She said both the growing and extraction processes meet U.S. Department of Agriculture organic certification standards, which the business invests in through strict protocols and added costs. The products are tested by a third-party lab to ensure quality and consumers can visit the website or scan a QR code on the product package with a smartphone to get the analysis, Cross said, adding the business strives to be at the forefront of customer transparency.
“Because it is so new, people are confused,” he said. “They need to learn.”
CBD is a chemical compound found in cannabis plants. Hemp, defined by federal legislation, is a cannabis plant that does not exceed 0.3% tetrahydrocannabinol (THC). Marijuana is a cannabis plant with higher THC levels. Unlike THC, CBD cannot get someone “high.”
The farm had been growing organic soybeans and corn when Joseph, who had practiced as an American and French lawyer, saw opportunity in the 2018 Farm Bill that legalized hemp production. She said she had experience helping startups get off the ground and wanted to get into an emerging industry that could work for the farm. About a quarter of the 400-acre property is farmland, she said.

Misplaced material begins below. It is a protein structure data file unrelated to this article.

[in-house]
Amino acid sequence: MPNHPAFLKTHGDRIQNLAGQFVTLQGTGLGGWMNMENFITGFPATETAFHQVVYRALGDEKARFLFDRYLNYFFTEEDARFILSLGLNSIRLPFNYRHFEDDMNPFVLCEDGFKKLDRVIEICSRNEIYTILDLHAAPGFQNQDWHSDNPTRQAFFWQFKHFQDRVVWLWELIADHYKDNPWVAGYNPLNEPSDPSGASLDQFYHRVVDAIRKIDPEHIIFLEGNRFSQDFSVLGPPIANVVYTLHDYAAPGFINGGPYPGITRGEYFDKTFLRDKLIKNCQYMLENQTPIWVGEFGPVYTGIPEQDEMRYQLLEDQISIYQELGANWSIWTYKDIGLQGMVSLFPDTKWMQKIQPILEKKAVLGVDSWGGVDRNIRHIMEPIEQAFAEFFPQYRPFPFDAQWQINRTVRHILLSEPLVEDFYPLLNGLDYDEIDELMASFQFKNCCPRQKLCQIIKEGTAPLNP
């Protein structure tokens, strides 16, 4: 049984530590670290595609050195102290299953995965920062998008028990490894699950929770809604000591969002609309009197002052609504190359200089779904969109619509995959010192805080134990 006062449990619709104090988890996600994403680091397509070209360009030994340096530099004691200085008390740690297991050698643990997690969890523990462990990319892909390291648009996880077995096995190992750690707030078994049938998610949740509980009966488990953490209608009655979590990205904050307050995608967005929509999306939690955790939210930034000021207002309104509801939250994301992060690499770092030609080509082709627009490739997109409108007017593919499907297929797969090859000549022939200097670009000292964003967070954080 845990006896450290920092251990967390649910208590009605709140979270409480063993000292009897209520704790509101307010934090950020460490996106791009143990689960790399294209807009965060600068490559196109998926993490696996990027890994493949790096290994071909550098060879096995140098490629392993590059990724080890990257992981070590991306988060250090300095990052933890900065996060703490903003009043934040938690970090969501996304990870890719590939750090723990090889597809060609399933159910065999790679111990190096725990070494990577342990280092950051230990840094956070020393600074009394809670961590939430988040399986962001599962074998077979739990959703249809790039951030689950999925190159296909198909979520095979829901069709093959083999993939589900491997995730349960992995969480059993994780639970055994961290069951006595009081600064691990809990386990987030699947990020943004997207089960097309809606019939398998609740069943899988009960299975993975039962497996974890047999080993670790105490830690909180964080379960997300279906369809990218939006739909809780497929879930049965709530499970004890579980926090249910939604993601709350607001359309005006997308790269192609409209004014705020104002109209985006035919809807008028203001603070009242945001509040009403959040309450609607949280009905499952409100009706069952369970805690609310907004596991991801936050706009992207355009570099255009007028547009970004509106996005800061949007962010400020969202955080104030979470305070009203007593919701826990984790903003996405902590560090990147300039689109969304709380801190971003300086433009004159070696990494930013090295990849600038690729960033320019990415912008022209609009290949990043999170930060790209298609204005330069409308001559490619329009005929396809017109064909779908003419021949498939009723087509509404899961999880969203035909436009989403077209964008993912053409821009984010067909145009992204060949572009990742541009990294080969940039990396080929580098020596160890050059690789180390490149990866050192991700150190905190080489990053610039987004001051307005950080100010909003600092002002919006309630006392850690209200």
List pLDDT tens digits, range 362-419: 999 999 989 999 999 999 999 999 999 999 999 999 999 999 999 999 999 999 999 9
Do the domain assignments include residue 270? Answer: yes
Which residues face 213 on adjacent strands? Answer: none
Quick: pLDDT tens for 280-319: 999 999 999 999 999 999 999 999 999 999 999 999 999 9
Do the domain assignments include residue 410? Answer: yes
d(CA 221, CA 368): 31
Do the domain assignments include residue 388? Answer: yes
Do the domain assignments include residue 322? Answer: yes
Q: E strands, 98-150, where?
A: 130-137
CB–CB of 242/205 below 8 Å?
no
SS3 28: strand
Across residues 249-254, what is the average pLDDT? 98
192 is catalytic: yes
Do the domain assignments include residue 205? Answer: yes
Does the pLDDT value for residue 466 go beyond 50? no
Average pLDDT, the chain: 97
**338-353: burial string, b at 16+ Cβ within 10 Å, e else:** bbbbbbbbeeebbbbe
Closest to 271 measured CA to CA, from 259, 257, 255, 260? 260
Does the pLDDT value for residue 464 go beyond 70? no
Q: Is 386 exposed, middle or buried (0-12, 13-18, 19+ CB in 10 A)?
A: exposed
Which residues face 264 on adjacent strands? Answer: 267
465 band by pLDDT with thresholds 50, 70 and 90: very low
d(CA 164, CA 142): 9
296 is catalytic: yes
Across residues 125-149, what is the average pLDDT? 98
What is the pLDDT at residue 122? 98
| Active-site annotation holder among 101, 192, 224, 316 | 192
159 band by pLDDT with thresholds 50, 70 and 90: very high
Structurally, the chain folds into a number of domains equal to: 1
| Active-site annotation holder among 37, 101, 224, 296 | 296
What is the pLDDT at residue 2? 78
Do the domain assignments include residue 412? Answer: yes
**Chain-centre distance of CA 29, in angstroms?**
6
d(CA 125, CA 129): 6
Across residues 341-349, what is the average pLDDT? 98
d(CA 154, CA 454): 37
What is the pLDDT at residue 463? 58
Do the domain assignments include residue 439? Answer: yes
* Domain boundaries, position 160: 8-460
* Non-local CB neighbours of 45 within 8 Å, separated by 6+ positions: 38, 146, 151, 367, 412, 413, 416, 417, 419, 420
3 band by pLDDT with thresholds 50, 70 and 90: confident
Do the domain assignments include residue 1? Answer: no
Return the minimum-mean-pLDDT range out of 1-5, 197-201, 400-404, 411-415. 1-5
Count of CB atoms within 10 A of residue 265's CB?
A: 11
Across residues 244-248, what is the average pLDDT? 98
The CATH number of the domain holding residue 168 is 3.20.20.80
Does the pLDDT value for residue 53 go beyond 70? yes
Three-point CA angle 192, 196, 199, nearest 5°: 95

She also saw potential for the deep-rooted plant in sustainable farming practices, like carbon sequestration and reducing runoff to the Chesapeake Bay. Joseph had taken steps to preserve the land with a conservation easement and hopes the business can be an example to others of making farmland work. River Organics participates in 1% for the Planet, which is a Vermont-based network where members commit to giving 1% of sales revenue to nonprofits helping the environment.
“We all feel very strongly about protecting the environment,” Joseph said.
The farm is in its third year of hemp production. About 3,000 hemp plants seeded by hand are growing under tender care in the farm’s greenhouse to be transplanted by hand to a 5-acre field later, Cross said. The team will add another 2,000 this year. They’re cultivated by a team led by master horticulturalist Donny Gilman, who’s been the farm manager for about 16 years and has a background as an ornamental grower.